Feb 4, 2002
    New Braunfels, Texas
    Endorsing Artist: Spector, GK, EMG and D'Addario
    Are you talking covers? Every band I have been in plays covers with their own flavor. You don't want to sound like the record/CD. You have to give the people a reason to come to the venues, not pop in the CD at home with a 6 pack instead of paying 3.00 for one beer.

    If you want to be in a band situation you need to be a little flexible. Or you can just do coffee house solo stuff and do rather nicely. I do that on the side and I make a nice chunk with that.
  13. jgbass

    jgbass Guest

    Dec 17, 2003
    That, and the rest of that post, is really the way it is from experiences. It seems the better the band, the less BS, and as I'm working my way to finding better situations, the more professional types of players are just great to work with, compatible with my professionall work ethic, and its rare there's someone trying to ruin everything. Getting into the right situations is a slow process that takes a lot of patience and is certainly a learning experience. Its really important to get with people who have the same goals as well.

    Just a good reason to keep practicing as well and to get out there and hang with gigging musicians and play out as much as possible, because everyone around here seems to be in multiple bands and if someone likes your playing they just might have a gigging opportunity.
  14. I myself am trying to figure out how people find band members. I have a drummer set up, but say you know a few guitarist and such, but their all booked, or you were already in a band but broke up with them for creative issues, then how do you advertise "we need someone who can sing somewhat like Tool's singer and a guitarist" the reason I say tools singer is beacause most people would think of a "rock" singer as someone who can do really deep and evil screams...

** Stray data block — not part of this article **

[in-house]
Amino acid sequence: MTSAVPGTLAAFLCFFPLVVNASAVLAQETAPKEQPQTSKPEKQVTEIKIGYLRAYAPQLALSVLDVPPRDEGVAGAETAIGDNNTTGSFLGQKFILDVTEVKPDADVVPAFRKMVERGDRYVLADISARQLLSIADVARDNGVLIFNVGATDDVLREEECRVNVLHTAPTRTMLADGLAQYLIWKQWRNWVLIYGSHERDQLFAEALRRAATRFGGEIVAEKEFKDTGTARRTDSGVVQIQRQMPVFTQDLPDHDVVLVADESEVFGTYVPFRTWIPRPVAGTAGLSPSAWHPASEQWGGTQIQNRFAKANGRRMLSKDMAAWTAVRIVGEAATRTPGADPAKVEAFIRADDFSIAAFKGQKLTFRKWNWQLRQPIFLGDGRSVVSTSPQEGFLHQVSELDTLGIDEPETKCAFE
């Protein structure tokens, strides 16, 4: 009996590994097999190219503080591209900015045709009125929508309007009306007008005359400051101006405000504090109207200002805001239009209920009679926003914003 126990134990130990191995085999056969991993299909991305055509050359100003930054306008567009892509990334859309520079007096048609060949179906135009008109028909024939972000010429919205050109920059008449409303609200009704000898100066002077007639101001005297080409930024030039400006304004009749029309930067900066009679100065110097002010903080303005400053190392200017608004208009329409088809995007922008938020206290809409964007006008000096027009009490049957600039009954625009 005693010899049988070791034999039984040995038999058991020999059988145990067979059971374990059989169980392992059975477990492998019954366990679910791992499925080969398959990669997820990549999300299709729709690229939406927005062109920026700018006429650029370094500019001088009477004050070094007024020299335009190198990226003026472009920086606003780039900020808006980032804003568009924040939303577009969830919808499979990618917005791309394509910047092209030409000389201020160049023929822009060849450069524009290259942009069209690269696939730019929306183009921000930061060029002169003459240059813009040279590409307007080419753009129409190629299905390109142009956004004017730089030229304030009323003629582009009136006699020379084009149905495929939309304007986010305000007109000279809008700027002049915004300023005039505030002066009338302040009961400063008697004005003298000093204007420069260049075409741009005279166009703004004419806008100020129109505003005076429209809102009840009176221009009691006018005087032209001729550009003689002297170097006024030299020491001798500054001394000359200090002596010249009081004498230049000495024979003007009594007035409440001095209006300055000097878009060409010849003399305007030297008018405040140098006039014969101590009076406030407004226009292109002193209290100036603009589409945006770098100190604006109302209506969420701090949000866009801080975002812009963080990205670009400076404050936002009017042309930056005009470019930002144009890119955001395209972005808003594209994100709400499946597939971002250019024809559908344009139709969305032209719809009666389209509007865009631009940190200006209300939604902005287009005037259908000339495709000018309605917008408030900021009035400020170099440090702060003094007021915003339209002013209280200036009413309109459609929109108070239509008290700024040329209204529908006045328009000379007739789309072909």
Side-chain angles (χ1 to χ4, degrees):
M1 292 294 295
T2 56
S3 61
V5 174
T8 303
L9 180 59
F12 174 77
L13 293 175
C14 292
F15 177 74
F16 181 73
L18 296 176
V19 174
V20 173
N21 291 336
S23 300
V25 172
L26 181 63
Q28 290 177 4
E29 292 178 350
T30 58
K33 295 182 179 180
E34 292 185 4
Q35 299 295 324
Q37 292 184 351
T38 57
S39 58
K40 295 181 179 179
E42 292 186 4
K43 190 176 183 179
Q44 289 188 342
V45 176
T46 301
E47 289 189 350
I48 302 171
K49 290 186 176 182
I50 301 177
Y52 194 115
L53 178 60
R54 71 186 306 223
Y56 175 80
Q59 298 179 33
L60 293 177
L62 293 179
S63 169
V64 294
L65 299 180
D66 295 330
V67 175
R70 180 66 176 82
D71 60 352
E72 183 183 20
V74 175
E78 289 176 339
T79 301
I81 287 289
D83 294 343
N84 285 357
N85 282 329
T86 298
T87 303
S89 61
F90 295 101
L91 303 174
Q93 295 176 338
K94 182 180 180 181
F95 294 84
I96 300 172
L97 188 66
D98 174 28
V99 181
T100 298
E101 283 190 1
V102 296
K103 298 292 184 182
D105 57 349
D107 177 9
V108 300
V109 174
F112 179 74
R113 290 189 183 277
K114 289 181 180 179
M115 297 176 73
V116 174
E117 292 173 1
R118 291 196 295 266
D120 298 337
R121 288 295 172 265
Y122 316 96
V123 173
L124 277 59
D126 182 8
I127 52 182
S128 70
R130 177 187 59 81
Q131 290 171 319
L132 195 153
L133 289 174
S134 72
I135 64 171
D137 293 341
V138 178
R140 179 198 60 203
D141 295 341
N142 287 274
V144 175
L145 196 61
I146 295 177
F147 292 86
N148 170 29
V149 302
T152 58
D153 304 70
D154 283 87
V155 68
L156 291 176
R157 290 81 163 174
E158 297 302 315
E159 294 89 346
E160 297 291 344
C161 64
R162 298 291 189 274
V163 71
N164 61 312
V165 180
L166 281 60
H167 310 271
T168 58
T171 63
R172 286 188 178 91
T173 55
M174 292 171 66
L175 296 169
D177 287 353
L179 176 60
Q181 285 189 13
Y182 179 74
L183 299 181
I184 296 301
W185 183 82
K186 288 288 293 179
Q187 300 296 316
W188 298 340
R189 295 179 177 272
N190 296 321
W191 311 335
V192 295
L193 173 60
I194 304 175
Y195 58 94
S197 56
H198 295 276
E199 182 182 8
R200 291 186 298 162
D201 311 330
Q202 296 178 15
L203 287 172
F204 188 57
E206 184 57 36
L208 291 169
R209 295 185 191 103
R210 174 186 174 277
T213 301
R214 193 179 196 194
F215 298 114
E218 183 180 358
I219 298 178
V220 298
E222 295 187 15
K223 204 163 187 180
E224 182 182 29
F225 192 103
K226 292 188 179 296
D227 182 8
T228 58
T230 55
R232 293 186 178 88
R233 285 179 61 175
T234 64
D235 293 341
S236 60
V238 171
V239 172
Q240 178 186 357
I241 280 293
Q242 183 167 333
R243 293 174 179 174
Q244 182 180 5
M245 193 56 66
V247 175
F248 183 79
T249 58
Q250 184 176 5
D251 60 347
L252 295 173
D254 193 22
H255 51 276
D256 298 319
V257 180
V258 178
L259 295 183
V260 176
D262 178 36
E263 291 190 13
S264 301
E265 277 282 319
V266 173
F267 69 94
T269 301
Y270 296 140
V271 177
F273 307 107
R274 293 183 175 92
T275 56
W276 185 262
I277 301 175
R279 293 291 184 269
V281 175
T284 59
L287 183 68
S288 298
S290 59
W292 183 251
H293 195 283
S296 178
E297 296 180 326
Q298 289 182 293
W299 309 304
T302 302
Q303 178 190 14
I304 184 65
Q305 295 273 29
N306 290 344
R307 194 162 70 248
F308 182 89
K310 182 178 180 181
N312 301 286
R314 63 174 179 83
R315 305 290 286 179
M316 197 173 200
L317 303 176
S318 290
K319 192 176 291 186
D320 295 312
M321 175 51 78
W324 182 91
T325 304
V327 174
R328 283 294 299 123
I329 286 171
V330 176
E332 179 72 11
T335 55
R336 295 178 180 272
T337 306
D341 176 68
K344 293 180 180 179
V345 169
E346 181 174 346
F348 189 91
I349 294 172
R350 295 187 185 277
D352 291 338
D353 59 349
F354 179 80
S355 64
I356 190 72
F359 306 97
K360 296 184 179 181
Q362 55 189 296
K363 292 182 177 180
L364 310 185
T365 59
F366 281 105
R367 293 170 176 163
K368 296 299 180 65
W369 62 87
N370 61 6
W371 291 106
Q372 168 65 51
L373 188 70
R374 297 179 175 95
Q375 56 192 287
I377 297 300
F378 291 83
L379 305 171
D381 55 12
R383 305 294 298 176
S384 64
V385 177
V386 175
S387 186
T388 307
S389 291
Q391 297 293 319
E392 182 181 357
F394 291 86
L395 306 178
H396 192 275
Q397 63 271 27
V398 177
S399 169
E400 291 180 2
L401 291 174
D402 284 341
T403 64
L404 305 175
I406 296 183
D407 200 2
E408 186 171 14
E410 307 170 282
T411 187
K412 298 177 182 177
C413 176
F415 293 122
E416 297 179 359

well....anyways...ignoring most of the last paragraph...how do you guys advertise that you need a so-and-so for a band.
  15. rugrat


    Nov 12, 2003
    Northwest Illinois
    It's hard to get a group of 4 or 5 people together that have the same views and tastes regardless of skill level. Most musicians are very passionate about their art, and at times, very ignorant of others passion. I was lucky enough to help start a group that lasted over ten years with the same four guys. I have always tried to be somewhat "low maintenance" and fun to play with. I'm a very solid and experienced player but I'm sure there are 14 year old kids with chops that put mine to shame. I can't slap, I can't tap, and I can't read music. For some reason I get offers by very good bands on a regular basis. I believe that by being dependable, knowing your material, being fun, maintaining quality equipment (as well as state of mind) and being a good player will make someone a great asset to a good band.
  16. jgbass

    jgbass Guest

    Dec 17, 2003
    You betcha.